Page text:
Between June of 1999 and December of 2000 six couples were evaluated at our center for recurring adverse pregnancy outcomes and positive group B streptococcus isolates from genital secretions.  They ranged in age from 29 to 37 and except for one (Patient 1) all suffered from secondary infertility of two to five years’ duration. Patient 6 was an only child, the others all had siblings with live children.  Detailed histories did not reveal autoimmune disease, arthritis, Raynaud’s phenomenon or thyroid condition in any of the couples.  A search for genetically abnormal offspring in any of the close or distant relatives was negative.  Patients 4 and 6 underwent complete genetic testing with negative results.  Patient 1 underwent a complex immunological evaluation and during a failed pregnancy, prednisone, aspirin and heparin were administered to counteract elevated killer cells. All five patients who had suffered from secondary infertility had received multiple courses of clomiphene citrate and four patients, at least during two cycles, received Pergonal stimulation.  One patient underwent a failed IVF cycle.

Our evaluation, to determine the cause of the recurrent abortions, included testing for the following conditions: structural abnormalities were ruled out on all patients by hysterosalpingography.  In addition, three patients had hysteroscopy and laparoscopy with negative findings.  On cycle day three of the cycle all patients underwent FSH, LH and Estradiol testing and a mid luteal phase endometrial biopsy and serum Progesterone determination was performed to rule out luteal phase defect.  The results of these tests were all within the normal range. All husbands had normal semen analyses.  Seminal fluid, vaginal, cervical and endometrial biopsy specimens were cultured for Mycoplasma, aerobic, anaerobic bacteria and yeast.  Syva Micro-Tract system was used to identify Chlamydia trachomatis elementary bodies.  Table 1 summarizes the clinical features of these patients, the culture findings, the therapy administered and the clinical outcome.

The finding of group B streptococcus in cervical/endometrial specimens was thecommon factor among all the women.  The seminal fluid of three husbands, patients 1, 2 and 5 exhibited the organism at the time of the first testing.  The results of the microbiological studies and the subsequently administered antibiotic regimens are also listed in Table 1.  No further therapeutic recommendations were made.  Two to four months following the completion of the antibiotic therapy all six patients reported spontaneous pregnancies.  Within ten days of the missed period, cervical specimens were tested and found to be positive for group B streptococcus in all six patients.  Intravenous ampicillin therapy was initiated immediately on all patients, 6 grams daily on five, while patient 2 received 2 grams daily for ten days duration.  A follow up cervical culture between the 20th and 24th week of gestation remained positive for patients 1 and 2.  These patients were prescribed Pen VK 250 mgs daily intermittently for the remainder of the pregnancy.  The total length of this oral therapy for both patients was six weeks.  Because of her previous history of a mid trimester pregnancy loss, patient 1 underwent a Shirodkar procedure, with removal at 38 wks followed by spontaneous rupture of membranes and a normal vaginal delivery. All the other pregnancies were managed expectantly and delivered at term.  Patient 4 was delivered by elective repeat Cesarean section at 39 weeks.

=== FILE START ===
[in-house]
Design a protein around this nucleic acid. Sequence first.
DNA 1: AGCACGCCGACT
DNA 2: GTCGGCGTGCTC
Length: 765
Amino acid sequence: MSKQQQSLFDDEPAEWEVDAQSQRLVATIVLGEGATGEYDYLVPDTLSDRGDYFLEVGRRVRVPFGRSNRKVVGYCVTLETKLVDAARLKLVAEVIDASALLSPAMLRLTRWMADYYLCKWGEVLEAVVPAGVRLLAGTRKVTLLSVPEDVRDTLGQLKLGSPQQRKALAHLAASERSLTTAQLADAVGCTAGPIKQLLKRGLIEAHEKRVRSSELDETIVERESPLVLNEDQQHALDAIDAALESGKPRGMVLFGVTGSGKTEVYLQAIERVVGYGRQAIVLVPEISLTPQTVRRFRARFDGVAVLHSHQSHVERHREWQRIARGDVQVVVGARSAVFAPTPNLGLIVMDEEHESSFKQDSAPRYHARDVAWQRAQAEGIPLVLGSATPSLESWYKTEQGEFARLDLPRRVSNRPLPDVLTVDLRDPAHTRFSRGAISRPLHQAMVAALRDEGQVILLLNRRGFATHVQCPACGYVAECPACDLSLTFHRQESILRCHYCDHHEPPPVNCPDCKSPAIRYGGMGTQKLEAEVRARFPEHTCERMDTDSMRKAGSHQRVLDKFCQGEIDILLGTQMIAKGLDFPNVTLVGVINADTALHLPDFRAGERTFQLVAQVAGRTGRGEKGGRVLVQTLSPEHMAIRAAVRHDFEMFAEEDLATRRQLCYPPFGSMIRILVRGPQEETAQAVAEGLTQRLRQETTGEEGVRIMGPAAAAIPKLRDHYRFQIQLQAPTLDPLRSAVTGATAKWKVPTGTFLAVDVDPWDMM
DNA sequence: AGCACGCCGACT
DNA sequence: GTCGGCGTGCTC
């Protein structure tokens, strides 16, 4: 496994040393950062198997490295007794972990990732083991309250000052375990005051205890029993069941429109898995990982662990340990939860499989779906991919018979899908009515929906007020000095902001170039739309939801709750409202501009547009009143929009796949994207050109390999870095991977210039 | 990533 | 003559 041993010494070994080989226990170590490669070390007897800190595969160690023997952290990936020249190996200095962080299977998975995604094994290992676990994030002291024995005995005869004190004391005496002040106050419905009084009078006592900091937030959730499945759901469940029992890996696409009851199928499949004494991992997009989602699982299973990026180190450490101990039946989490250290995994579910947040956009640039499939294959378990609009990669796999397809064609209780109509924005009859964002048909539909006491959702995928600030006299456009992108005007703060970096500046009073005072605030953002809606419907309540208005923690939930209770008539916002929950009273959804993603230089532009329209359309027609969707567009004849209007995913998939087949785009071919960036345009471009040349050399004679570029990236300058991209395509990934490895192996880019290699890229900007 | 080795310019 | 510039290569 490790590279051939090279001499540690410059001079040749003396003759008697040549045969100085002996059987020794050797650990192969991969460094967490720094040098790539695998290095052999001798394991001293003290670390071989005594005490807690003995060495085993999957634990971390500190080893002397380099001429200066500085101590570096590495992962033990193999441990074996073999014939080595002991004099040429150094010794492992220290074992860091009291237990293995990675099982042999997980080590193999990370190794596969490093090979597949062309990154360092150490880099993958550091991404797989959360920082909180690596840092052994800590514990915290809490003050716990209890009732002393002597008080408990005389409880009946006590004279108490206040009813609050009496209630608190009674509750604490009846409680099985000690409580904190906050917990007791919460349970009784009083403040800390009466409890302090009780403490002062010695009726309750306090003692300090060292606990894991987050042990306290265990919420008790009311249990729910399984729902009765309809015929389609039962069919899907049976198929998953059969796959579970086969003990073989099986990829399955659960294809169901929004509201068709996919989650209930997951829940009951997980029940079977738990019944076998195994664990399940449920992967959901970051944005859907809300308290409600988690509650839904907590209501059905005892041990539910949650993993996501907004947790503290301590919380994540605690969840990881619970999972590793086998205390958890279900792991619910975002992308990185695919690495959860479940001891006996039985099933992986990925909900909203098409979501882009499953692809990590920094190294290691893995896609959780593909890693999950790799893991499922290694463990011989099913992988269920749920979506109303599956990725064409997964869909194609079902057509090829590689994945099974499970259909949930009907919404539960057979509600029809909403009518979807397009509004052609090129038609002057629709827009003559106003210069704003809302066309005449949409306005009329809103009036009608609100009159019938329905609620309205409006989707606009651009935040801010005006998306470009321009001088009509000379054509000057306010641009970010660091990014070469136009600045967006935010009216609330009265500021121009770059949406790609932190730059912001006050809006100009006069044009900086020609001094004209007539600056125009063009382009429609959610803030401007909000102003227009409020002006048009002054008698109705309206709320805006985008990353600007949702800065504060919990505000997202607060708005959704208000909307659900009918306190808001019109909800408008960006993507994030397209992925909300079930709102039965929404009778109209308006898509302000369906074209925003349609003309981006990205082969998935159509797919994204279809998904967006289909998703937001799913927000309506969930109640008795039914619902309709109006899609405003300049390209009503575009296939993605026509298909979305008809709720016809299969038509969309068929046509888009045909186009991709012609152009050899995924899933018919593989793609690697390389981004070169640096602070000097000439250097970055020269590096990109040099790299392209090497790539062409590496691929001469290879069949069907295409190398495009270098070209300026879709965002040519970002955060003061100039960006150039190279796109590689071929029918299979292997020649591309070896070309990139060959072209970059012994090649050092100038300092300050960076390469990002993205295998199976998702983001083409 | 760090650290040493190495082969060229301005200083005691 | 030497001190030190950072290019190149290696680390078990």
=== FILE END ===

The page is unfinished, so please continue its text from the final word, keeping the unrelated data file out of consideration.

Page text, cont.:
Factors determining the implantation of an intrauterine pregnancy, the course of the pregnancy, events surrounding the delivery and maternal and fetal complications during or after delivery are largely unknown.  There is, however, a growing body of evidence showing that bacterial colonization of the genital tract is a significant factor in certain instances of pregnancy loss and premature rupture of membranes followed by premature delivery with maternal and fetal infectious complications.  We presented the case histories of six patients who all suffered from a variety of pregnancy-related complications, including first trimester pregnancy losses.  The common feature in all the patients was a group B streptococcal genital tract infection that persisted despite an initial comprehensive antibiotic therapy.  Though all patients achieved spontaneous pregnancy within four months of the therapy, postconceptionally, group B streptococcus was isolated from the cervical culture of all patients and, in two, the colonization persisted even after the administration of ten additional days of intravenous ampicillin therapy.  Recently, antibiotic resistance became a major concern in treating third trimester group B streptococcal infections (7).  We are unaware of studies linking antibiotic resistance with pathogenicity, though prophylactic antibiotic therapy is advocated for recurring second trimester group B streptococcus chorioamnionitis (8).  We suggest that asymptomatic infection with group B streptococcus can affect the course of the pregnancy in any trimester and a first trimester pregnancy loss can be an early manifestation of the infection.  Since asymptomatic group B streptococcus carrier rate in the general population can vary as much as 5 to 40% (2), there are no firm guidelines for the eradication or suppression of this organism. Though the ideal dose of antibiotics and the length of therapy are still debated, the benefit of prophylactic ampicillin or penicillin during the third trimester is well documented in the literature (9, 10).  Since the only common variable distinguishing our studied patients was the persisting group B streptococcal infection, we chose a length of therapy and a dose of antibiotics well beyond the questionable effectiveness.  The persistence of group B streptococcus in two of our treated patients however makes us wonder if any reasonable dose could be recommended for the purpose of routine eradication of this organism.  The successful pregnancy outcome in these patients seems to suggest suppression therapy as a viable alternative.